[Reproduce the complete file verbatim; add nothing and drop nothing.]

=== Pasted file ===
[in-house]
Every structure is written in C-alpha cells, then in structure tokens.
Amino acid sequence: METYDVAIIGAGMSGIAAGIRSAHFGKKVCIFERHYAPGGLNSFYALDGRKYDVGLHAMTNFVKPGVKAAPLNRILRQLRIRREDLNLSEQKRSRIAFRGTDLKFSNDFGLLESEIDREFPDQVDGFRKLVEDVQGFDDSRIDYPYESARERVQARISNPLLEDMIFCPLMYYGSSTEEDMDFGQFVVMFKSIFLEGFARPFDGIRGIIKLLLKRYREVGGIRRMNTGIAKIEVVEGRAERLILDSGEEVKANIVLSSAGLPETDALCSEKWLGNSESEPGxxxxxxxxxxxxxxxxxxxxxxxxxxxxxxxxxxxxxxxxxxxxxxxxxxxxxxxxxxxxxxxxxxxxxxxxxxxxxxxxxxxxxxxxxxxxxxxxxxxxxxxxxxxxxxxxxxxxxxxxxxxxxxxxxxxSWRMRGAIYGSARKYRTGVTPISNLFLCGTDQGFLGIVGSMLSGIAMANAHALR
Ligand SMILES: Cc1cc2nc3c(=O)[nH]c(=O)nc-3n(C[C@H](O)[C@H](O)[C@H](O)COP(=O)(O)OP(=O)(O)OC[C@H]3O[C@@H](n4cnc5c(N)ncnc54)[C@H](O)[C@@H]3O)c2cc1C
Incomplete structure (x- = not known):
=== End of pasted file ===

[in-house]
Every structure is written in C-alpha cells, then in structure tokens.
Amino acid sequence: METYDVAIIGAGMSGIAAGIRSAHFGKKVCIFERHYAPGGLNSFYALDGRKYDVGLHAMTNFVKPGVKAAPLNRILRQLRIRREDLNLSEQKRSRIAFRGTDLKFSNDFGLLESEIDREFPDQVDGFRKLVEDVQGFDDSRIDYPYESARERVQARISNPLLEDMIFCPLMYYGSSTEEDMDFGQFVVMFKSIFLEGFARPFDGIRGIIKLLLKRYREVGGIRRMNTGIAKIEVVEGRAERLILDSGEEVKANIVLSSAGLPETDALCSEKWLGNSESEPGxxxxxxxxxxxxxxxxxxxxxxxxxxxxxxxxxxxxxxxxxxxxxxxxxxxxxxxxxxxxxxxxxxxxxxxxxxxxxxxxxxxxxxxxxxxxxxxxxxxxxxxxxxxxxxxxxxxxxxxxxxxxxxxxxxxSWRMRGAIYGSARKYRTGVTPISNLFLCGTDQGFLGIVGSMLSGIAMANAHALR
Ligand SMILES: Cc1cc2nc3c(=O)[nH]c(=O)nc-3n(C[C@H](O)[C@H](O)[C@H](O)COP(=O)(O)OP(=O)(O)OC[C@H]3O[C@@H](n4cnc5c(N)ncnc54)[C@H](O)[C@@H]3O)c2cc1C
Incomplete structure (x- = not known):